As I sat listening to the 30-or-so kids at my little brother's graduation party talk about their plans for the future, I could tell how much they cared about each other from the way they'd say, "Well, you always did like Miss So-And-So's English class," or, "Sure, we knew you'd make it to the Big Ten."
But then, after about 15 of them had offered up their plans on the altar of their fleeting youth, one kid, Mike, blurted out, "I'm going into the Navy."
And just like that, they dropped the whole thing - like a penny tossed over the edge of a skyscraper.
It was just about the most abrupt thing I'd ever seen: all of them getting up and filing out onto the beach-front deck, leaving poor Mike to play video games all by himself, like the biggest buzz-kill of the century.
So maybe even for the younger members of this '90s generation - who were born to speak Chat, who grew up in the glory years of America's last big boom, when business moved fast and information faster - there actually was something sacred after all.
We've all heard sociologists say our so-called Generation Y or "echo boom" is the largest American generation since the baby boomers, boasting a projected population of about 62 million. So, then, with all these kids (myself included), why can't we seem to find anybody willing to fight the president's "war on terror"? And why would someone saying he wanted to go clear out a whole room?
I'd suspect we're not putting one and one together here.
We can't just chalk this up to a lack of military incentives when the armed forces are willing to shell out something like $70,000 per soldier. With a GI Bill like that, you'd assume that of all the Gen Ys planning on going to college (some 15 million of whom enrolled last year), there'd be at least a few more taking the bait.
But then, we all know what they say about that word assume.
And we also know that with the military's enlistment numbers at an all-time low (down 40 percent in April, for instance), some recruiters have stooped to using underhanded means, largely responsible for the military's suspension of recruiting operations May 20.
So let me floor another possibility: Maybe this isn't a problem the "almighty dollar" can solve. Maybe it's a matter of generational politics.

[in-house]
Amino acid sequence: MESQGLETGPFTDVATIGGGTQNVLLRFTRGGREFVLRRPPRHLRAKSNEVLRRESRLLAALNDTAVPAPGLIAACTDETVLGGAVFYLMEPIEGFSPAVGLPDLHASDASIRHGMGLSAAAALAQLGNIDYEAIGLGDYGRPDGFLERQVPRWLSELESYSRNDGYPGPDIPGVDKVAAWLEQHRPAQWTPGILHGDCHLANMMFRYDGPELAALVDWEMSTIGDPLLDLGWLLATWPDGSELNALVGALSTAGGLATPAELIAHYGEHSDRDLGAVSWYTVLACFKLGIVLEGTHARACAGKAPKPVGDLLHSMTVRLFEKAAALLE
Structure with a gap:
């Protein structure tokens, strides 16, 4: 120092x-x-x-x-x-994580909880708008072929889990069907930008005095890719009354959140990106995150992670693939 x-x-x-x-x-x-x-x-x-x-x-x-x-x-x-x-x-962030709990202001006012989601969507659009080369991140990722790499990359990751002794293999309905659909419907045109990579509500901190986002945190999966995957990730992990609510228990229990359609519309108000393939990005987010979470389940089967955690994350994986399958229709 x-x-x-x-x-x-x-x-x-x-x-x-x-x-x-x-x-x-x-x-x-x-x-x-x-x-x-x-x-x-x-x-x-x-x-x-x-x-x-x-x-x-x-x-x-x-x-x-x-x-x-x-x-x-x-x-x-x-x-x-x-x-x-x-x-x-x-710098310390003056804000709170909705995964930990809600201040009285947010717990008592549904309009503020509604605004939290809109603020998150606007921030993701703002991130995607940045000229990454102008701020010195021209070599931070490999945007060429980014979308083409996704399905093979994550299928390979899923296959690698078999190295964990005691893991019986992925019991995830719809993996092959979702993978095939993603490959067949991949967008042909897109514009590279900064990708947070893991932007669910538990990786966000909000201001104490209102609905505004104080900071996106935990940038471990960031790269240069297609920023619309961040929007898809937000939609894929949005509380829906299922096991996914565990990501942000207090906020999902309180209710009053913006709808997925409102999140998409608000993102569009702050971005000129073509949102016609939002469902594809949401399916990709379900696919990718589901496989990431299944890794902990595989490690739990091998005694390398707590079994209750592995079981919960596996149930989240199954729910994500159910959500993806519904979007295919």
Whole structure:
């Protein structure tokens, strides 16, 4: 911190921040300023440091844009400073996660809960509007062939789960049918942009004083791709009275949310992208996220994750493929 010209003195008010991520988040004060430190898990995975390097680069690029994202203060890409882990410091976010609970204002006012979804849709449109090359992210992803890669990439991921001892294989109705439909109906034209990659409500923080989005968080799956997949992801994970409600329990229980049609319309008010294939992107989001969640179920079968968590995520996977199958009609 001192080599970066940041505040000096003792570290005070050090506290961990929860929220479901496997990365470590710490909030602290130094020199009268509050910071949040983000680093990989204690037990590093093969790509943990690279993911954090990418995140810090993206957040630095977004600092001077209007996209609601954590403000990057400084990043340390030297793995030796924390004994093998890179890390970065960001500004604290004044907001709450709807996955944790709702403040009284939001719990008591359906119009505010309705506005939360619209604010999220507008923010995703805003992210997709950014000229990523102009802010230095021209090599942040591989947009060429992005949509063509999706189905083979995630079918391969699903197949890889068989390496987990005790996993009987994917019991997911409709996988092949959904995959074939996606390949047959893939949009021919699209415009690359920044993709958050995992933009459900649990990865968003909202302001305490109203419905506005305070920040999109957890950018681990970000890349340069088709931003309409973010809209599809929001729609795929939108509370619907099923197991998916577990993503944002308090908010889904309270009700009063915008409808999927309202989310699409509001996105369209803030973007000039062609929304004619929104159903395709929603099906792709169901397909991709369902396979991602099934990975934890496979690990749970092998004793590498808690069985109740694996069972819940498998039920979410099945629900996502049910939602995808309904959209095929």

Consider: As of November, Gen Y made up only 7 percent to 8 percent of the total electorate. That means that those of us who were old enough to vote had to contend with the overwhelming ballot counts of our parents' and grandparents' generations. But it seems that in the face of basically having our political lunches handed to us this go-round, we've made up the difference - not with our parents' wild flood-the-reflecting-pool protests, but with something else entirely: an unspoken civil disobedience.
What better way to shoot down another bad cliché - "Old men make wars, and young men fight them" - and replace it with our generational anthem: "Why?"
Or even more to the point: "Why fight?"
If most of Gen Y can ignore older Americans' perceived need for war, just think what kind of progressive force we'll be when we make up an electoral majority.
But even if this weren't enough, tack on what some are calling our "immorality" (or more probably, our rejection of traditional religion), and it's pretty obvious how this equation works out. By the time the last Gen Y comes of age, the strongly moralistic Republican Party (primarily responsible for our nation's New Crusade) won't have a leg to stand on.
So here's a suggestion to all of the outdated models up on Capitol Hill: Chill.
Maybe if you had in the first place, your electoral outlook for the next 20 years wouldn't seem so bleak. For now, enjoy the power you've got with this one little caveat in mind: Since you seem to want to play in your sandbox so much, you will end up fighting the war with something like "an army of one."
Phill Provance will be a senior in September at Bethany College in Bethany, W.Va.
© 2005 Baltimore Sun